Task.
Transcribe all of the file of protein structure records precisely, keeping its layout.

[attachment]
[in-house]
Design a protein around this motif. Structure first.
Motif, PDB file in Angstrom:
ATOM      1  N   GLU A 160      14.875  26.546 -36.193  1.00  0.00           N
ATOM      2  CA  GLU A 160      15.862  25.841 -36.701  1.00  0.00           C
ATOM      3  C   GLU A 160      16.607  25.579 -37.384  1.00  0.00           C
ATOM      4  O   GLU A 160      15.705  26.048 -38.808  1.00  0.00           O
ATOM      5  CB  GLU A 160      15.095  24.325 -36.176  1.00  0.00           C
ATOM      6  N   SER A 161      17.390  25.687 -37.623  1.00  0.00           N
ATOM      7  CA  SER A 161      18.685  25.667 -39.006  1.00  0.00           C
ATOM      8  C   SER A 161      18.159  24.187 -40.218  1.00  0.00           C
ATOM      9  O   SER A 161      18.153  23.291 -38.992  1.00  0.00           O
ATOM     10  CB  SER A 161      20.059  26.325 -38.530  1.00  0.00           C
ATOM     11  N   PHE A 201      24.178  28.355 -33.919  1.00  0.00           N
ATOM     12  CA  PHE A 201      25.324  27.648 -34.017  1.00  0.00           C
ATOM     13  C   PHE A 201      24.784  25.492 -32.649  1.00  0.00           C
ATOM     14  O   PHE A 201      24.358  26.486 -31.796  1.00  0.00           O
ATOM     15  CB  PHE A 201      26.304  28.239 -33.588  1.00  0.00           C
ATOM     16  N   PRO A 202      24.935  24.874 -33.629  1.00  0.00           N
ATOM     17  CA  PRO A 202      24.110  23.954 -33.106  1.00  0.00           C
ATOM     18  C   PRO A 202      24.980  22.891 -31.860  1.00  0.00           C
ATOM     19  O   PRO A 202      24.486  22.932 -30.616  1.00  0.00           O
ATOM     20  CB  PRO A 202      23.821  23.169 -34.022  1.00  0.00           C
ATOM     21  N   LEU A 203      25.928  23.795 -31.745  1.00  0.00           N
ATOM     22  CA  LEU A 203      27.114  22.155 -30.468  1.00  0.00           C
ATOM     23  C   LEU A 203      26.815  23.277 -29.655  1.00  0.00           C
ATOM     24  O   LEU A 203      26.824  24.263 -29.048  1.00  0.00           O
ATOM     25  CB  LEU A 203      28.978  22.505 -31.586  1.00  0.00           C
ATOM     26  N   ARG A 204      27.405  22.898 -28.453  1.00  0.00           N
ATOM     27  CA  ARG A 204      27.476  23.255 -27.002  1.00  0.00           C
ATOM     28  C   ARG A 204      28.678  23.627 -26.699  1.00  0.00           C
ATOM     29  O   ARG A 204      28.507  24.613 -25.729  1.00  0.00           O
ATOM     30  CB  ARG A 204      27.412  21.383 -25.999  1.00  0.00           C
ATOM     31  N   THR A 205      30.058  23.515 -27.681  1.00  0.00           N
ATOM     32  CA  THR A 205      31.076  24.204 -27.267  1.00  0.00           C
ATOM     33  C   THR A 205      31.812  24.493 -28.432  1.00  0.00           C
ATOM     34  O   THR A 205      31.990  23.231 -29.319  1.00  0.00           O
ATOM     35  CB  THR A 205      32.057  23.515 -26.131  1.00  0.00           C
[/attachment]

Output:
[in-house]
Design a protein around this motif. Structure first.
Motif, PDB file in Angstrom:
ATOM      1  N   GLU A 160      14.875  26.546 -36.193  1.00  0.00           N
ATOM      2  CA  GLU A 160      15.862  25.841 -36.701  1.00  0.00           C
ATOM      3  C   GLU A 160      16.607  25.579 -37.384  1.00  0.00           C
ATOM      4  O   GLU A 160      15.705  26.048 -38.808  1.00  0.00           O
ATOM      5  CB  GLU A 160      15.095  24.325 -36.176  1.00  0.00           C
ATOM      6  N   SER A 161      17.390  25.687 -37.623  1.00  0.00           N
ATOM      7  CA  SER A 161      18.685  25.667 -39.006  1.00  0.00           C
ATOM      8  C   SER A 161      18.159  24.187 -40.218  1.00  0.00           C
ATOM      9  O   SER A 161      18.153  23.291 -38.992  1.00  0.00           O
ATOM     10  CB  SER A 161      20.059  26.325 -38.530  1.00  0.00           C
ATOM     11  N   PHE A 201      24.178  28.355 -33.919  1.00  0.00           N
ATOM     12  CA  PHE A 201      25.324  27.648 -34.017  1.00  0.00           C
ATOM     13  C   PHE A 201      24.784  25.492 -32.649  1.00  0.00           C
ATOM     14  O   PHE A 201      24.358  26.486 -31.796  1.00  0.00           O
ATOM     15  CB  PHE A 201      26.304  28.239 -33.588  1.00  0.00           C
ATOM     16  N   PRO A 202      24.935  24.874 -33.629  1.00  0.00           N
ATOM     17  CA  PRO A 202      24.110  23.954 -33.106  1.00  0.00           C
ATOM     18  C   PRO A 202      24.980  22.891 -31.860  1.00  0.00           C
ATOM     19  O   PRO A 202      24.486  22.932 -30.616  1.00  0.00           O
ATOM     20  CB  PRO A 202      23.821  23.169 -34.022  1.00  0.00           C
ATOM     21  N   LEU A 203      25.928  23.795 -31.745  1.00  0.00           N
ATOM     22  CA  LEU A 203      27.114  22.155 -30.468  1.00  0.00           C
ATOM     23  C   LEU A 203      26.815  23.277 -29.655  1.00  0.00           C
ATOM     24  O   LEU A 203      26.824  24.263 -29.048  1.00  0.00           O
ATOM     25  CB  LEU A 203      28.978  22.505 -31.586  1.00  0.00           C
ATOM     26  N   ARG A 204      27.405  22.898 -28.453  1.00  0.00           N
ATOM     27  CA  ARG A 204      27.476  23.255 -27.002  1.00  0.00           C
ATOM     28  C   ARG A 204      28.678  23.627 -26.699  1.00  0.00           C
ATOM     29  O   ARG A 204      28.507  24.613 -25.729  1.00  0.00           O
ATOM     30  CB  ARG A 204      27.412  21.383 -25.999  1.00  0.00           C
ATOM     31  N   THR A 205      30.058  23.515 -27.681  1.00  0.00           N
ATOM     32  CA  THR A 205      31.076  24.204 -27.267  1.00  0.00           C
ATOM     33  C   THR A 205      31.812  24.493 -28.432  1.00  0.00           C
ATOM     34  O   THR A 205      31.990  23.231 -29.319  1.00  0.00           O
ATOM     35  CB  THR A 205      32.057  23.515 -26.131  1.00  0.00           C